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Neuroimage. 1998 Aug;8(2):176-87.

Differential activation of right superior parietal cortex and intraparietal sulcus by spatial and nonspatial attention.

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  • 1Wellcome Department of Cognitive Neurology, Institute of Neurology, 12 Queen Square, London, WC1N 3BG, United Kingdom. j.coull@fil.ion.ucl.ac.uk

Abstract

Neuropsychological and functional neuroimaging studies have implicated the right posterior parietal cortex (PPC) in human spatial attention. We tested the hypothesis that this area is also involved in nonspatial aspects of attention and working memory using positron emission tomography in healthy volunteers. In an initial experiment, digits were presented in pseudo-random spatial locations, and subjects attended either to locations or digits in order to detect single targets (attention condition) or to sequences of stimuli (working memory (WM) condition). Right superior parietal cortex (BA7) and intraparietal sulcus (IPS) were active during both spatial (locations) and nonspatial (digits) tasks compared to rest, although more so for the former. Additionally, right PPC was activated to an even greater extent during tests of WM than of attention, especially for tests of spatial WM. There were no differences in activation of dorsolateral prefrontal cortex in the spatial versus nonspatial versions of the task, contrary to many previous studies. A follow-up experiment which presented abstract objects in a fixed, central location confirmed that right IPS was active during tests of nonspatial attention and also that this activation is not due to incidental spatial representation of digit stimuli. However, BA7 was not activated by this nonspatial, nondigit attentional task. Overall, these data suggest first that right IPS is recruited for both nonspatial and spatial attention and WM. Second, right BA7 is recruited specifically for spatial (both direct and indirect) forms of attentional processing. Finally, PPC activations in spatial WM tasks are likely to be due to a combination of spatial perception, attention, and WM, rather than to any of these individually.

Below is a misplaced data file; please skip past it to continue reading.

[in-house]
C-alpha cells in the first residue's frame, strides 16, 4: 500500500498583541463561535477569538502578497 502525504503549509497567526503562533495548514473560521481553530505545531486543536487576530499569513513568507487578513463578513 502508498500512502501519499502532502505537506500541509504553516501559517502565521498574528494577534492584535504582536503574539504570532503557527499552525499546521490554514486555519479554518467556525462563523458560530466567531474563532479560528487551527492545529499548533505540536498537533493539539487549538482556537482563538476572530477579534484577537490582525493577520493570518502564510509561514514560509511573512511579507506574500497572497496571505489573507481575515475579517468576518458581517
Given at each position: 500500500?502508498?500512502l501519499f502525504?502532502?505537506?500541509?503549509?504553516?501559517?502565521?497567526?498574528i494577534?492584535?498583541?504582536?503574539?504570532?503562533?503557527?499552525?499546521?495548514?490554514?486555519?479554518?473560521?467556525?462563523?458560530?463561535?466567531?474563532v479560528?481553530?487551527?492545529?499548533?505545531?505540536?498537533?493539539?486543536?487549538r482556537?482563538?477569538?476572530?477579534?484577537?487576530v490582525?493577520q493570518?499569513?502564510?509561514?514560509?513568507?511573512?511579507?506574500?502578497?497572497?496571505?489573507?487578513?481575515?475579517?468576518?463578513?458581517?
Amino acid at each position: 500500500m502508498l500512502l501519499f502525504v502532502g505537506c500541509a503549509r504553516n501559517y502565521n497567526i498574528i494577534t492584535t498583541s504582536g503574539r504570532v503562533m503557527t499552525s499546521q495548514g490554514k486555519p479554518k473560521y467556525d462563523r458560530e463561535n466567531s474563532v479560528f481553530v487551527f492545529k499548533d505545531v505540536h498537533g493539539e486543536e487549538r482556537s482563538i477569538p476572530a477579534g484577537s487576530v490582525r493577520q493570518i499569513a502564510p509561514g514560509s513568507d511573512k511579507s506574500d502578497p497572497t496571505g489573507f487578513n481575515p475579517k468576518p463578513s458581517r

Copyright 1998 Academic Press.

PMID:
9740760
[PubMed - indexed for MEDLINE]

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